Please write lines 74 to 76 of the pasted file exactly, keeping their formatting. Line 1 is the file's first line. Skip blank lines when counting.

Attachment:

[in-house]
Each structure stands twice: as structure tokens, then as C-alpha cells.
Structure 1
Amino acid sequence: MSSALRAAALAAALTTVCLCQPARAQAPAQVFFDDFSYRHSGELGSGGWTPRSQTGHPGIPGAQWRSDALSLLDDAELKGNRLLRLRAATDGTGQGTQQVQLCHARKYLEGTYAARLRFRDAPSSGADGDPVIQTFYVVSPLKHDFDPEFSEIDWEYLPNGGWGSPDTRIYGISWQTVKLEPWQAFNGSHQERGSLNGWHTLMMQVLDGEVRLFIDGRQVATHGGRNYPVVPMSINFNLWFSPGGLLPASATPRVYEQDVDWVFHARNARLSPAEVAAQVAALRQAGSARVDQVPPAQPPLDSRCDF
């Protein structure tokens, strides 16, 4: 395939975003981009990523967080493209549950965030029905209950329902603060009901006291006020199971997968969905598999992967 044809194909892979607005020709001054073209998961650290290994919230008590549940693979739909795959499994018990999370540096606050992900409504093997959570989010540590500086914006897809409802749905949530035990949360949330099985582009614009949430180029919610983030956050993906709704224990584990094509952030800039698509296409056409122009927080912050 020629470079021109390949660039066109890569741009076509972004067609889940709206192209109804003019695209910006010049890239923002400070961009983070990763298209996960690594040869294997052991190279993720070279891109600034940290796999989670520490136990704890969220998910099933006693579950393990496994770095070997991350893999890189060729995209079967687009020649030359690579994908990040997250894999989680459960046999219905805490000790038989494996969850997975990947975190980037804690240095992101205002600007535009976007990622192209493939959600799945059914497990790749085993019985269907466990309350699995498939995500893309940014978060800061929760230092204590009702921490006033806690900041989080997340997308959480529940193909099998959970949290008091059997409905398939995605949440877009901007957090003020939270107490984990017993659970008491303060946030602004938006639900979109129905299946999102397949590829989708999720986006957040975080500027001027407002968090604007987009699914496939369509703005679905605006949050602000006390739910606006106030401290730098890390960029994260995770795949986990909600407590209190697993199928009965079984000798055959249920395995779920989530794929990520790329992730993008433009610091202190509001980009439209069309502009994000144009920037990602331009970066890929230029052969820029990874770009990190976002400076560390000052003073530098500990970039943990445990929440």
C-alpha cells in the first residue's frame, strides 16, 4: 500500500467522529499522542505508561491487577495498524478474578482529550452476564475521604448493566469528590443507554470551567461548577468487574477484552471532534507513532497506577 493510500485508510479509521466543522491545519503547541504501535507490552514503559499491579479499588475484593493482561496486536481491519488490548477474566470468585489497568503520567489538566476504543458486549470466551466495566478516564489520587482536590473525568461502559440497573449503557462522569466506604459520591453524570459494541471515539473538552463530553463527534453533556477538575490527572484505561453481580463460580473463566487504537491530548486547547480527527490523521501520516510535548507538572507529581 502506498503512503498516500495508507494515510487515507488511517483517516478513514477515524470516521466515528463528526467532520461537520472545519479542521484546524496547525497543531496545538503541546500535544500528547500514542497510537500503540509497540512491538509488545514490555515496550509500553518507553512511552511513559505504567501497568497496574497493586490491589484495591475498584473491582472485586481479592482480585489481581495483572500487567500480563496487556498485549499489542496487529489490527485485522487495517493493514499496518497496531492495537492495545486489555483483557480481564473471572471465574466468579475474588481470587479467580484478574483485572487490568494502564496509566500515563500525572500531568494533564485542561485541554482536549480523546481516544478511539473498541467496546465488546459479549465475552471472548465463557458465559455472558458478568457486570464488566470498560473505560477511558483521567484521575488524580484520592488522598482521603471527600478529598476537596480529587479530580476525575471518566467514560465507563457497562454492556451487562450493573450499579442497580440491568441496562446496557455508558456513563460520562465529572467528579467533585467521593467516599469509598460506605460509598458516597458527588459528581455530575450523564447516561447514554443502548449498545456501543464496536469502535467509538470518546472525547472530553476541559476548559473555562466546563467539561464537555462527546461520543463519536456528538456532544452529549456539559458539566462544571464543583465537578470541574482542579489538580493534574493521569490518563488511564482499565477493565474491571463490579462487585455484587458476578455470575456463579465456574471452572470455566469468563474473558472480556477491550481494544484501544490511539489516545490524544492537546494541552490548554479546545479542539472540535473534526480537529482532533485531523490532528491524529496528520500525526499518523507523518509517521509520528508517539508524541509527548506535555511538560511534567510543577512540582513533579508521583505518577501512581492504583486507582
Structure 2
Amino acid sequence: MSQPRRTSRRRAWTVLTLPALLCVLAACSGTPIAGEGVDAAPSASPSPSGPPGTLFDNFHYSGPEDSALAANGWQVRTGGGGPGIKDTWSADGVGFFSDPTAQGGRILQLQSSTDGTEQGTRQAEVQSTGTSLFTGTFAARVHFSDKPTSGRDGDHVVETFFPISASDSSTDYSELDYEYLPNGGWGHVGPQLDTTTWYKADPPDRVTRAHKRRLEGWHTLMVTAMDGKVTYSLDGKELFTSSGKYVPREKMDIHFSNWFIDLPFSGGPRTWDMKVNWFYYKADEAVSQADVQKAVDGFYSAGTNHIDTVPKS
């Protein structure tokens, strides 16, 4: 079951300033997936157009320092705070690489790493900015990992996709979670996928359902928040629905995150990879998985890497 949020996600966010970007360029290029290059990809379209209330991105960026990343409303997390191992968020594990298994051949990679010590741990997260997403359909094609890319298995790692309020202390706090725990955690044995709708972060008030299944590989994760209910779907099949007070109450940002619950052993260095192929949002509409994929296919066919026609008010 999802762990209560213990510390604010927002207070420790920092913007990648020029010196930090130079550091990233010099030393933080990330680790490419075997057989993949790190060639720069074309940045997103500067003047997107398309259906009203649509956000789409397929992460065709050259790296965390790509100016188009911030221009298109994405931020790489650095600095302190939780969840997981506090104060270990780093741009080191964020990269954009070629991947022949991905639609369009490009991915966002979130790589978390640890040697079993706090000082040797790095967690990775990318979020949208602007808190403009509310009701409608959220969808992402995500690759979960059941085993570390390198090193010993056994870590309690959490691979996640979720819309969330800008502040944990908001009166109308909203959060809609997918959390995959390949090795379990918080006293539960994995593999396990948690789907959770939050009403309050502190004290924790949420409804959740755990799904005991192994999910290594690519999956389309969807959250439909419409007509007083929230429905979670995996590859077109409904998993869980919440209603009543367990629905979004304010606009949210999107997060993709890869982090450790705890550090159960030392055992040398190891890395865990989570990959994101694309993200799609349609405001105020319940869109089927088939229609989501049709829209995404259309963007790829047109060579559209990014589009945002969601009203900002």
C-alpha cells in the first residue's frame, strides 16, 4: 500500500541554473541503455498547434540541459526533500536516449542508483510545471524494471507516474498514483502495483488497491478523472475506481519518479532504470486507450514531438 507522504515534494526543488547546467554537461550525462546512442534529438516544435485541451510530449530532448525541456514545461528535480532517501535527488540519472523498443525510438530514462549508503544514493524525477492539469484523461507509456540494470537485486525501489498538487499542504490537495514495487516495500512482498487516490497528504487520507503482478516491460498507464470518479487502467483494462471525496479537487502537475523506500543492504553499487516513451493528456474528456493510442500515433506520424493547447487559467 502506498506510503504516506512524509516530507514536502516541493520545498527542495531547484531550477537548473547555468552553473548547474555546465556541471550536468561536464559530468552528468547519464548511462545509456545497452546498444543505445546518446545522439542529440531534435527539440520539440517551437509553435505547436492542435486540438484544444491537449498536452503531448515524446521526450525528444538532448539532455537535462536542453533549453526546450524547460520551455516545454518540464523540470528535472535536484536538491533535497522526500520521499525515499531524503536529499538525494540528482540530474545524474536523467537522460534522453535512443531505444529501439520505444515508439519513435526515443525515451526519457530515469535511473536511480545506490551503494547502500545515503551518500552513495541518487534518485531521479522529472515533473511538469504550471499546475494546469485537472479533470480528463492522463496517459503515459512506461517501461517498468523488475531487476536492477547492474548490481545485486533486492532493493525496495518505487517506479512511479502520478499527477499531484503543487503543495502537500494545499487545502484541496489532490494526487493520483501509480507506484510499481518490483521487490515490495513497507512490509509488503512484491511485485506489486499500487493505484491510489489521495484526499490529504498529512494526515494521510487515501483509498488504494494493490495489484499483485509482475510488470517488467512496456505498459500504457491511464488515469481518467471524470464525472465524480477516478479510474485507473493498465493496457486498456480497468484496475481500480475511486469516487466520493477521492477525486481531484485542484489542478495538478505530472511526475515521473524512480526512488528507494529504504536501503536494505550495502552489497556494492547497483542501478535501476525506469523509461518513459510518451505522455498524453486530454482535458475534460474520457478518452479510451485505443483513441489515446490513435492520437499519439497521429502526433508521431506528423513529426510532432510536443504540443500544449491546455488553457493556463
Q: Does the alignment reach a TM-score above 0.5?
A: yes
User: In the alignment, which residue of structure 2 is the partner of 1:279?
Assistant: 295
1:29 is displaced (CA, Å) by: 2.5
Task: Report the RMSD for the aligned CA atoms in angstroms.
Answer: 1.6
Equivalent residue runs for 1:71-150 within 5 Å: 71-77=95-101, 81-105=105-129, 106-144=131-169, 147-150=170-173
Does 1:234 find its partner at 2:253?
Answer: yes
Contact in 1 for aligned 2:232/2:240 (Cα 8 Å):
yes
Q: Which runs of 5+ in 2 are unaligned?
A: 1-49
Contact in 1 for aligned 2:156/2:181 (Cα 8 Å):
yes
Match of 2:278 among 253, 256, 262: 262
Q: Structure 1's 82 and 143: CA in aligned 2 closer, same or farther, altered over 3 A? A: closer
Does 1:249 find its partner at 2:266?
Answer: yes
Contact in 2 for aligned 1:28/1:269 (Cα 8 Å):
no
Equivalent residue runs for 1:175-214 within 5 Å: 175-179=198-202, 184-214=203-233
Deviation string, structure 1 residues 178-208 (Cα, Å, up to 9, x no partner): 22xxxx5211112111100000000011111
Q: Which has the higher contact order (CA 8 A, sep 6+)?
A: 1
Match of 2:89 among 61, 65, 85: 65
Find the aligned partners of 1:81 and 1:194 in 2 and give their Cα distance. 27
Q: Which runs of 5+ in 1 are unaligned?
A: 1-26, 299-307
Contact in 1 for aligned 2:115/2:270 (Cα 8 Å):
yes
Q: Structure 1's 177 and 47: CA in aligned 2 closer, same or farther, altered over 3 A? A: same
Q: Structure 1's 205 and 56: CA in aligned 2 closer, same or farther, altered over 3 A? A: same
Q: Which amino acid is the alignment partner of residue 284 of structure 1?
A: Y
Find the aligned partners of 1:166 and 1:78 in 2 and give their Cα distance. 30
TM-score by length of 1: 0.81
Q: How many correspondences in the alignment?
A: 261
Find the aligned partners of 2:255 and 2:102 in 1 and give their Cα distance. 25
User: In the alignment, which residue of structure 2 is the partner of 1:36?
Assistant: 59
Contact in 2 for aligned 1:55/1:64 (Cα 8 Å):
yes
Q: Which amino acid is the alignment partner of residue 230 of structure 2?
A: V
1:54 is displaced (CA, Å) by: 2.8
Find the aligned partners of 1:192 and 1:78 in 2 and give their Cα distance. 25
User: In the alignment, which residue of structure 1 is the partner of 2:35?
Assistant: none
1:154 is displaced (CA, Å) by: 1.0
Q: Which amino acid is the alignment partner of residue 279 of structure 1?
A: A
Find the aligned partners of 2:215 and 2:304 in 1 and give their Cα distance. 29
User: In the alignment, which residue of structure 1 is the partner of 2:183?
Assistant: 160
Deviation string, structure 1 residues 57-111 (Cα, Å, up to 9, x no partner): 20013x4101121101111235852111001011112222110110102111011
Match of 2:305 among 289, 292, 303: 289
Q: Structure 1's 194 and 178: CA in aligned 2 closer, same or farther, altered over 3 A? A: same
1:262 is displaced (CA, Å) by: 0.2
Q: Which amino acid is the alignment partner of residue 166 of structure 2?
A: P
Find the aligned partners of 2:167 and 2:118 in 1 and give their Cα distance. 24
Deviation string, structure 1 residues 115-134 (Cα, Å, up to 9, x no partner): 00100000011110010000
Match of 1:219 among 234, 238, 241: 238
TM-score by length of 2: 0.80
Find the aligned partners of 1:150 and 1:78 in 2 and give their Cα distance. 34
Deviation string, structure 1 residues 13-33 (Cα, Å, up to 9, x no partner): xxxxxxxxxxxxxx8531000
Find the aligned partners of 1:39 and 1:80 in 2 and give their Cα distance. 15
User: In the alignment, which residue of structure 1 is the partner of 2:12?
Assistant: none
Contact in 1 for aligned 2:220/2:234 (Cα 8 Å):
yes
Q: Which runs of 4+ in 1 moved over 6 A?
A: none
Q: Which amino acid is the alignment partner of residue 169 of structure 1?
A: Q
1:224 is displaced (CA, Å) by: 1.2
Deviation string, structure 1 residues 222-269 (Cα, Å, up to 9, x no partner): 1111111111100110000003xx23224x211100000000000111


Find the aligned partners of 2:167 and 2:118 in 1 and give their Cα distance. 24
Deviation string, structure 1 residues 115-134 (Cα, Å, up to 9, x no partner): 00100000011110010000
Match of 1:219 among 234, 238, 241: 238